Building a Quality Software Testing Framework

Software TestingThe complexity of software testing has certainly kept pace with the complexity of software development. And the cost of not finding issues early in the lifecycle has never been more expensive, given the need for any consumer or business application to be available and perform consistently and specifically across a variety of browsers as well as mobile and tablet platforms. Add in the entertainment devices supporting OTT, IPTV and gaming, and software quality assurance is a daunting task for the person owning that challenge.


Solving the problem is a similar exercise to building software. You first need to understand or define your product roadmap to nail down what problems you are solving sooner than later with an eye on the horizon to make sure you don’t create a future roadblock. Then, you need to look for tools that can address and solve the complex problems that are not in your business interest to build. And finally you need to put together an integrated architecture framework and set of processes to support the different testing areas at appropriate points in the SDLC, iterating until you achieve your complete software testing solution. As you get into this exercise, you quickly realize there is no one software vendor tool/suite that has all the boxes checked. You have to creatively fill in the gaps.


A test management component is the first step in the framework. This provides both a repository of all your test cases and an organization of them for the different types of software testing you will be doing at different points in the SDLC, as well as a vital reporting capability for testing results.


An Automation component should be an early step in the framework. Different tools will have different strengths and weaknesses, so knowing your specific challenge will help you in deciding what the right vendor or freeware tool is to leverage. Some important things to keep in mind is the ability to integrate the automation component to the test management component, to avoid duplication of test case management and reporting as well as the ability to integrate the automation component from a software process management component. This is important for enabling a continuous integration environment for software development.


A software process management tool is essential to building a continuous integration environment, which addresses the software quality as new software is being pushed into the central repository.


In recognizing new software in the central repository, an updated build can be moved into the development environment and key regression tests can be applied to ensure the latest changes have not negatively impacted the core. Developers and QA personnel should be notified of issues. This reduces cycle time and the impact of code errors in the SDLC.


As the SDLC moves into a formal QA cycle, a variety of testing will be applied. A mix of automated and manual testing will address functional and regression testing. In a multi-platform environment, the automation tool will need to be able to exercise many of the same tests on different platforms. Some tools come with virtual device farms supporting many of the popular devices and versions of OS. Some tools will leave the device exercise to be solved by the buyer. Building and maintaining a physical device farm is an expensive option for some in such a case, however, virtual farms may not provide the most accurate results. API Testing As the SDLC moves past functional and regression testing, additional layers of testing may be performed.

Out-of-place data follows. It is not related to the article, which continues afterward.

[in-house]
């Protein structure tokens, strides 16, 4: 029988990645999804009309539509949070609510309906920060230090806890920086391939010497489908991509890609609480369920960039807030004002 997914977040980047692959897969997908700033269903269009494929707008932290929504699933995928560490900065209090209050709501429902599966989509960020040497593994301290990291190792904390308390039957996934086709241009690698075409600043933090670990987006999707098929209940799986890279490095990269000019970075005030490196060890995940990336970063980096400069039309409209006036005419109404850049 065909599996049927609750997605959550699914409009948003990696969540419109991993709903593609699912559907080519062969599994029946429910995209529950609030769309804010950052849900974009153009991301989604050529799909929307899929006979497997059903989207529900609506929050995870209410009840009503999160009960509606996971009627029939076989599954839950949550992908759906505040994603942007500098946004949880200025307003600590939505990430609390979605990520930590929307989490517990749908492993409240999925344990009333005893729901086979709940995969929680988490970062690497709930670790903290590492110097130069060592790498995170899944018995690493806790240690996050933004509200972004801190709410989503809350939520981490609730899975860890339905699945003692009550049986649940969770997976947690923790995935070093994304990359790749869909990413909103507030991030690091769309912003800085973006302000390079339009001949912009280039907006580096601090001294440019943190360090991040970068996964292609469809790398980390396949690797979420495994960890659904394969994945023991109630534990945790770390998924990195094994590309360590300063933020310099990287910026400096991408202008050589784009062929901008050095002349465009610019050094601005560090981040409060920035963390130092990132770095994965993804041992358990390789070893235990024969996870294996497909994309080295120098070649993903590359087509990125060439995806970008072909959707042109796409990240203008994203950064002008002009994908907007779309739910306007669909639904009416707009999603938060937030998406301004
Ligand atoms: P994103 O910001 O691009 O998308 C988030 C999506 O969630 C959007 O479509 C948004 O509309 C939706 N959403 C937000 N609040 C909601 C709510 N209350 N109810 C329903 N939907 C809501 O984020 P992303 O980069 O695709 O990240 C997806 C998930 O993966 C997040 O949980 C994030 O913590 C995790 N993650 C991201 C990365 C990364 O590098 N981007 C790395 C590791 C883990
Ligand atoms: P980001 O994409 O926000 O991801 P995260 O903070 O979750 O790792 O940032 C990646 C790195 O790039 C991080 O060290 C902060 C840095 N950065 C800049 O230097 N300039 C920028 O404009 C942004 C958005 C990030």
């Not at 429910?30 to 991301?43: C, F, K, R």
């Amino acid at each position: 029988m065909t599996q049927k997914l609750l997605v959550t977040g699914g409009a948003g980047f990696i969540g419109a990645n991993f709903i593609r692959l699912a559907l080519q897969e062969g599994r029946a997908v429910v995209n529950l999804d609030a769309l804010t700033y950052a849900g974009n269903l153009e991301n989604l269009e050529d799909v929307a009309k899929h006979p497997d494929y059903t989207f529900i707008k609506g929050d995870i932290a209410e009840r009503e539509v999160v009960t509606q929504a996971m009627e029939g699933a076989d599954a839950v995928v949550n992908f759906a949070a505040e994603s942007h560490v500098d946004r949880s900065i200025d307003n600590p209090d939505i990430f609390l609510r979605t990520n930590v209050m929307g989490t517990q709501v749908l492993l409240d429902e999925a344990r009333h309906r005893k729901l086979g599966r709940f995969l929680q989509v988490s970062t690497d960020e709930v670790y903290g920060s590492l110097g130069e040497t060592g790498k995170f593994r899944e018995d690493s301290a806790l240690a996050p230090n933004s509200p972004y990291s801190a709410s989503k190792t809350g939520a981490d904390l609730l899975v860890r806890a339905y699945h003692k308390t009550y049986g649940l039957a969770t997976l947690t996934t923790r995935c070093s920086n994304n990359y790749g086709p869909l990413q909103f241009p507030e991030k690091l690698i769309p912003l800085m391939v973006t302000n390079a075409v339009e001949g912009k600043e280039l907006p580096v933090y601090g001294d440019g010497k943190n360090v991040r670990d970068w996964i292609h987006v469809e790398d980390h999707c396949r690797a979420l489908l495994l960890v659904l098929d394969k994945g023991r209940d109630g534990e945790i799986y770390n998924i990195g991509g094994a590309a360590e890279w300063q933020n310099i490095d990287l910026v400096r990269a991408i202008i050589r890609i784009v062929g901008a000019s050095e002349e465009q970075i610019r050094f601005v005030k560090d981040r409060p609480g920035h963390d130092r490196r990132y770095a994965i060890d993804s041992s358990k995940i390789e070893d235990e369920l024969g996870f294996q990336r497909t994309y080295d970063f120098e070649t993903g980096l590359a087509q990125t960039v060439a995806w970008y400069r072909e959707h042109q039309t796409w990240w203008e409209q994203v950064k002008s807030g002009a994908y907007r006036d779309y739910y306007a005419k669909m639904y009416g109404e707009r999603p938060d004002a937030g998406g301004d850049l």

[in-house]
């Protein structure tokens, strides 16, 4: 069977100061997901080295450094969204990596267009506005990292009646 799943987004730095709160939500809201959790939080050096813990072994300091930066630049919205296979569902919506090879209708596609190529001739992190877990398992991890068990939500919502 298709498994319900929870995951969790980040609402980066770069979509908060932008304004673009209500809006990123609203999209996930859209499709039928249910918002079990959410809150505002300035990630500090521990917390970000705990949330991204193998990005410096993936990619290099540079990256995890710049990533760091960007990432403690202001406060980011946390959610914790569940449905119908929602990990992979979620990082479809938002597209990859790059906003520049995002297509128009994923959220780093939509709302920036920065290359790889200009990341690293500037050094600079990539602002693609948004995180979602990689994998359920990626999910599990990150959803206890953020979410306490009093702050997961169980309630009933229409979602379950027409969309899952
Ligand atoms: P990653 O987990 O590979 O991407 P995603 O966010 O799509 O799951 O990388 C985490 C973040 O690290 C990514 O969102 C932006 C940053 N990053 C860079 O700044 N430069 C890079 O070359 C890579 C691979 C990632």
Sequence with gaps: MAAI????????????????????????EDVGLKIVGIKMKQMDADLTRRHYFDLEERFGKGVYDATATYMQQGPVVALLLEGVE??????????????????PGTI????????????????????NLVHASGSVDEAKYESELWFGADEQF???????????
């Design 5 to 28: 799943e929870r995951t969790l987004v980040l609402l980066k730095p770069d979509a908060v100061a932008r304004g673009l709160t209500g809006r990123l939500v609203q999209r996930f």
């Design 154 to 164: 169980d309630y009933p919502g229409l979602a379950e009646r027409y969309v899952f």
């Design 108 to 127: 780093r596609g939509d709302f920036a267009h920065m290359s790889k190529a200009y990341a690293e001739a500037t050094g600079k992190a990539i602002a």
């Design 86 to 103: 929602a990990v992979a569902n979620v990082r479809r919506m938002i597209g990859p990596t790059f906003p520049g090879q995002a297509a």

These include load testing and performance testing. Load testing tools address simulating concurrent access to the system by users as well as integration API’s that utilize system resources and assist in collecting performance data under load conditions for the different parts of the application providing necessary insight prior to deploying into a production environment. Performance testing addresses the overall health of the application, specifically focusing on areas such as memory leaks, performance bottlenecks, fault simulation and code coverage analysis.


Following the completion of user acceptance testing, if such a formal step exists in the process, the software is released into production. Typically, simple testing is done by the operations and deployment team to ensure the system comes up properly and is available. The reality is, in most corporate environments from small to large, human and system environment resources are limited and rarely mimic true production. Even with the significant amount of effort applied in all the previous steps, on nearly every release, new issues will only become evident in the production environment. Therefore, planned production testing is a smart post release process to attempt to identify issues before your user community finds them or worse. Using some combination of automated non-polluting regression suite to test the main functions as well as leveraging targeted manual testing across devices in the hours or days following a release is simply a smart insurance policy against a significant business impact.


No one size ever fits all and budgets dictate compromise. Thinking through your requirements and putting together a sensible testing solution framework that addresses your biggest pain points will undoubtedly improve the quality of the software you produce.


Jim Leichtenschlag is the GlobalNow Practice Director.